Your photo should be online within 15 to 30 minutes. Of course, as previously mentioned, network traffic can vary significantly, so it can take up to 24 hours for your photos to post. If you receive an error message in your email box, note the error message and choose from options follwoing to learn how to correct the specific issue.


Errors
Address Not Allowed
The device or email address you sent your photo from is not authorized to post to your zoomshare account. Please verify that the phone number of your mobile device or email address is authorized to post photos.

Bad Password
The password you provided is incorrect. Try again with your zoomshare password in the Subject line of the e-mail or uncheck "Require Password" in your Quickpost settings.

No Photos Posted
No photos or images found for posting. Please verify the photo or image you wish to post is selected and attached to the message you sent.

Too Many Photos Posted
Some service providers add their own formatting and images to the email your phone sends. zoomshare does not differentiate images and simply posts all images within the email. You can remove any unwanted images using the zoomshare tools site at any time.

Enjoy!
As one can see, QuickPost is quite a powerful little tool. It allows you to post images to your album without the needing to first login to your Zoomshare site and with it a way to post multiple images at once as well as an image from a camera phone.

Enjoy!

Birth of the Information Age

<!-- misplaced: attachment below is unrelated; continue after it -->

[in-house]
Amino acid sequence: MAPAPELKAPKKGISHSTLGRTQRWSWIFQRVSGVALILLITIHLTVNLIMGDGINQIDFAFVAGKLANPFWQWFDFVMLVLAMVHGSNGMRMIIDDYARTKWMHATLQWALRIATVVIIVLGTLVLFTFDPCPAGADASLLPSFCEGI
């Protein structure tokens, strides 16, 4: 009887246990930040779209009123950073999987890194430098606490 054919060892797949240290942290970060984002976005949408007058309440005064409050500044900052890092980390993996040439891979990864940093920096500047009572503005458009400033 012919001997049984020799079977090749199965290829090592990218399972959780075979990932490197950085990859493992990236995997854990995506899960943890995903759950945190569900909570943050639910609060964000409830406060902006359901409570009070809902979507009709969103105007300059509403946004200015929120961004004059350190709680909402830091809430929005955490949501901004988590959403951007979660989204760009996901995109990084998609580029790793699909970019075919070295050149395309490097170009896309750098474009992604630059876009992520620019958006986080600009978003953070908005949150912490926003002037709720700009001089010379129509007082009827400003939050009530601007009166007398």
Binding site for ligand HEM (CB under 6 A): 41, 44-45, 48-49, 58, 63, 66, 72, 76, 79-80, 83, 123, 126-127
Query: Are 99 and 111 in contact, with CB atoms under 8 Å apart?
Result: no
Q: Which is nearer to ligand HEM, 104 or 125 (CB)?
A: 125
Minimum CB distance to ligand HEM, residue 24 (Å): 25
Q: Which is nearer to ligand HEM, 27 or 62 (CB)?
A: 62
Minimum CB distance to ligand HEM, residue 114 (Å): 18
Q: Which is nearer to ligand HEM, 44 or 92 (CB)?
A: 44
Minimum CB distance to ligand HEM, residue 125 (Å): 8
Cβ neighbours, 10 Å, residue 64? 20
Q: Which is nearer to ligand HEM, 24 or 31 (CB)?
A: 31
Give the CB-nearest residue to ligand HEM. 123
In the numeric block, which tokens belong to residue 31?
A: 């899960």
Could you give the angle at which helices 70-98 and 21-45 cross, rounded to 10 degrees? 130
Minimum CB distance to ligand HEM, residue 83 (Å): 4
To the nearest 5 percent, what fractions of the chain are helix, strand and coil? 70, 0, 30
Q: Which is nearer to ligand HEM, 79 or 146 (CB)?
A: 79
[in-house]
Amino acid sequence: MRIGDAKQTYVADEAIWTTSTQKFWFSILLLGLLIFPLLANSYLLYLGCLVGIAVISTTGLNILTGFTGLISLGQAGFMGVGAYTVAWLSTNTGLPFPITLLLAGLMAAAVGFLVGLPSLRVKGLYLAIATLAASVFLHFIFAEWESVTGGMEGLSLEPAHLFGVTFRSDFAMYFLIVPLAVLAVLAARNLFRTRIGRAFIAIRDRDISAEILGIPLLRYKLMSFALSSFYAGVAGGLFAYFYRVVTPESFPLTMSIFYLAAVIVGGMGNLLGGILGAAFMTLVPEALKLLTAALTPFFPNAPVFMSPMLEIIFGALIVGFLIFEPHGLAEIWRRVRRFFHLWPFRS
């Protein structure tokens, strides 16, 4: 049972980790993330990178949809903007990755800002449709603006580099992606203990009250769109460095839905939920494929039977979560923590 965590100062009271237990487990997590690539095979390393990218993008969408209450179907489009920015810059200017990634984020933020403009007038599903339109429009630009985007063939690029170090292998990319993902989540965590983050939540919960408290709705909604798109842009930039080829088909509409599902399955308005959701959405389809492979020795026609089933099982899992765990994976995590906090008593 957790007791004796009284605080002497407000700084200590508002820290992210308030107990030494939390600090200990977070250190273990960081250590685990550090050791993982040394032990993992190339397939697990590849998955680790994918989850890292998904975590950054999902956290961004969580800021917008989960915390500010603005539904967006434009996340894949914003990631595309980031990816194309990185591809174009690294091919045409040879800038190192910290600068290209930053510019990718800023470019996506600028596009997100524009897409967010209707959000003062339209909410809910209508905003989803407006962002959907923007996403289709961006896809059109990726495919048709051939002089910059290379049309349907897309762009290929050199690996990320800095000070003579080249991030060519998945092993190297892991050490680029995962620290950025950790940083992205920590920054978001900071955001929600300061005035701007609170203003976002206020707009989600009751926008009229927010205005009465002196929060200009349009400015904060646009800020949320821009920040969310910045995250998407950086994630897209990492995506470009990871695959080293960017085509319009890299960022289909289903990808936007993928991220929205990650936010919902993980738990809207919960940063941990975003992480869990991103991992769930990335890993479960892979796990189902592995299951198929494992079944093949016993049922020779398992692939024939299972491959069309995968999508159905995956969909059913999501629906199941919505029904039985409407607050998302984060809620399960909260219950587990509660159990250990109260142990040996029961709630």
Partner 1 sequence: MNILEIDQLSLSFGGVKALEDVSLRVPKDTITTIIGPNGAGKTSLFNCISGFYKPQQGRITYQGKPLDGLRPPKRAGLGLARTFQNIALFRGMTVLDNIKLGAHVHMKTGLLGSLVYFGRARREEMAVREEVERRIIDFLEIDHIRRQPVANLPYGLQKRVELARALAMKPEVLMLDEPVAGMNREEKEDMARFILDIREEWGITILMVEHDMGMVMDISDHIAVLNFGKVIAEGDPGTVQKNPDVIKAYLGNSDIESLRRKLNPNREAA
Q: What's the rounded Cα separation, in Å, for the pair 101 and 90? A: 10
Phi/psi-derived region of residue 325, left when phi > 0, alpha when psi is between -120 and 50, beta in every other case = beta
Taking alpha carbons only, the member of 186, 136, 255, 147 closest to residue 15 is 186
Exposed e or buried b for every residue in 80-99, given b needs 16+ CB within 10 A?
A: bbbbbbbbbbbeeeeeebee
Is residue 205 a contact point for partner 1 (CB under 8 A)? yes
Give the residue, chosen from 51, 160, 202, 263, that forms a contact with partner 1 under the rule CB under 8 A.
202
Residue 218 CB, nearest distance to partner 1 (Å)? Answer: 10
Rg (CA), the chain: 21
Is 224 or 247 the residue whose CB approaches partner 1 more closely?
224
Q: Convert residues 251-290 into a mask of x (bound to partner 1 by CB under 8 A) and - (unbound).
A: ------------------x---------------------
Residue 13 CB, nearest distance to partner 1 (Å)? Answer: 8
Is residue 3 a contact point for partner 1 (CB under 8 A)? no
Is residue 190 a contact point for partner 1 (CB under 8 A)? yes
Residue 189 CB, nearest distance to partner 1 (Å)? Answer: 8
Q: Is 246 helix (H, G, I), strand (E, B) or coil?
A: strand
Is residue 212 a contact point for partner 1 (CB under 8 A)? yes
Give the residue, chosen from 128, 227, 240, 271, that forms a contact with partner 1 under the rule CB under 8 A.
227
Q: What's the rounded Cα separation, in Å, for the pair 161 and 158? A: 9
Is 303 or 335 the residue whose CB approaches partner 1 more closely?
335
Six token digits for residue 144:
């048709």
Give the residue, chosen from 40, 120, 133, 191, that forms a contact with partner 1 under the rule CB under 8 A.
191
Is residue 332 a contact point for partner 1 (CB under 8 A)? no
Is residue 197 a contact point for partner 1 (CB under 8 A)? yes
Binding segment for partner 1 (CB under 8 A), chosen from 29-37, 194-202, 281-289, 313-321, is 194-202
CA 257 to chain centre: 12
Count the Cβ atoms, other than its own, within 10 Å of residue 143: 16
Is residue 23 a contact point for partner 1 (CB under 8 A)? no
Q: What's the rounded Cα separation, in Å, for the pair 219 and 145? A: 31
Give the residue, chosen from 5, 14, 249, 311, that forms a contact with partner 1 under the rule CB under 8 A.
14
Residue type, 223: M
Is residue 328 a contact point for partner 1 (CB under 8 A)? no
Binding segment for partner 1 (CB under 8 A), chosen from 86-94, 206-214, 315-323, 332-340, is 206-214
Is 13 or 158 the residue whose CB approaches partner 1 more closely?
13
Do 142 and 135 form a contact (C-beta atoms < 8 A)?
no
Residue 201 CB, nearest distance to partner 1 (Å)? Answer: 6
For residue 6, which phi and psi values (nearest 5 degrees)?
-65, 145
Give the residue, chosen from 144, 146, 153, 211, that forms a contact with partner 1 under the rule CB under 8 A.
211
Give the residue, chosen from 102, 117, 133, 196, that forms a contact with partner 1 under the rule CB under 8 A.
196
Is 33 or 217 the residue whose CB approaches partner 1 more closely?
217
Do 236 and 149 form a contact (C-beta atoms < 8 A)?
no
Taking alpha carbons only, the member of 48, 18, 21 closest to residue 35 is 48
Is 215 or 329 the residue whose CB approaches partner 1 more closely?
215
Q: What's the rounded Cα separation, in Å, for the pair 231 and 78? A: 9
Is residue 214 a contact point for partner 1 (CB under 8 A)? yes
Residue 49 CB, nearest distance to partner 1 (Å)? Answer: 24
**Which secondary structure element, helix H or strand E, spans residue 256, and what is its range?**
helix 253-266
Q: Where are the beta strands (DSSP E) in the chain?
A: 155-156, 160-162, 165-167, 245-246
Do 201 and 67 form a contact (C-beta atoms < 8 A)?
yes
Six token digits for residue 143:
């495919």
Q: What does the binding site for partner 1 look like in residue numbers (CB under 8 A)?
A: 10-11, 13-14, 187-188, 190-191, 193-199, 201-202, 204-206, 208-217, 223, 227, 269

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Forward
It would be easy for me to dismiss the 50th anniversary of Sputnik's launch as unimportant in today's world of terror attacks and social networks. After all the Cold War belongs to a bygone era along with everything else pre-9/11. Moreover, one of its most important battles, The Space Race, ended at the same time I was born, July of '75, when three American astronauts and two Soviet cosmonauts shook hands in Earth orbit. By then both the American and Soviet space programs had moved on, in the US to the Space Shuttle, in the USSR to Salyut. How could any of that still affect my daily life?

Yet it does and I can guarantee as you read this now it affects your daily life as well.

Red Star Rising?
The genesis story of the space age usual goes something like this, 50 years ago today, October 4th 1957; the Soviet Union 'shocked' the world by launching the world's first artificial satellite. Why did the Soviets even wish to launch an artificial satellite in October of 1957 and why was the assumption that the Americans would be first?